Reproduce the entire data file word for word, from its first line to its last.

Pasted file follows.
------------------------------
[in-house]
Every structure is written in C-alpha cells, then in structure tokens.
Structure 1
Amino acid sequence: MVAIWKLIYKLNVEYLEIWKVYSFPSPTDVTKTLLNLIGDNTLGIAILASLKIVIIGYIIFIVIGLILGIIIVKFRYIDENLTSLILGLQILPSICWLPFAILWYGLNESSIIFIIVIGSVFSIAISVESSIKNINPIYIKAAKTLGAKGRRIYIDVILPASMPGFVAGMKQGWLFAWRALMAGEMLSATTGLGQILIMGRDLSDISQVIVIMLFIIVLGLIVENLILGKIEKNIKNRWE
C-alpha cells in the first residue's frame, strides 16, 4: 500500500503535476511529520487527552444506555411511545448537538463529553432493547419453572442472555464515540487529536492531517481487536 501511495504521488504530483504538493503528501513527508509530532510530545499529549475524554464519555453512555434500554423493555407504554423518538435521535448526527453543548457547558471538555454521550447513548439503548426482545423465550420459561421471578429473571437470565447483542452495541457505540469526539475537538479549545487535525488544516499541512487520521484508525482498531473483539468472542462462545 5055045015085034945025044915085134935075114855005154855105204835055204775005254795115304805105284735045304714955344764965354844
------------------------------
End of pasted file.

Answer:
[in-house]
Every structure is written in C-alpha cells, then in structure tokens.
Structure 1
Amino acid sequence: MVAIWKLIYKLNVEYLEIWKVYSFPSPTDVTKTLLNLIGDNTLGIAILASLKIVIIGYIIFIVIGLILGIIIVKFRYIDENLTSLILGLQILPSICWLPFAILWYGLNESSIIFIIVIGSVFSIAISVESSIKNINPIYIKAAKTLGAKGRRIYIDVILPASMPGFVAGMKQGWLFAWRALMAGEMLSATTGLGQILIMGRDLSDISQVIVIMLFIIVLGLIVENLILGKIEKNIKNRWE
C-alpha cells in the first residue's frame, strides 16, 4: 500500500503535476511529520487527552444506555411511545448537538463529553432493547419453572442472555464515540487529536492531517481487536 501511495504521488504530483504538493503528501513527508509530532510530545499529549475524554464519555453512555434500554423493555407504554423518538435521535448526527453543548457547558471538555454521550447513548439503548426482545423465550420459561421471578429473571437470565447483542452495541457505540469526539475537538479549545487535525488544516499541512487520521484508525482498531473483539468472542462462545 5055045015085034945025044915085134935075114855005154855105204835055204775005254795115304805105284735045304714955344764965354844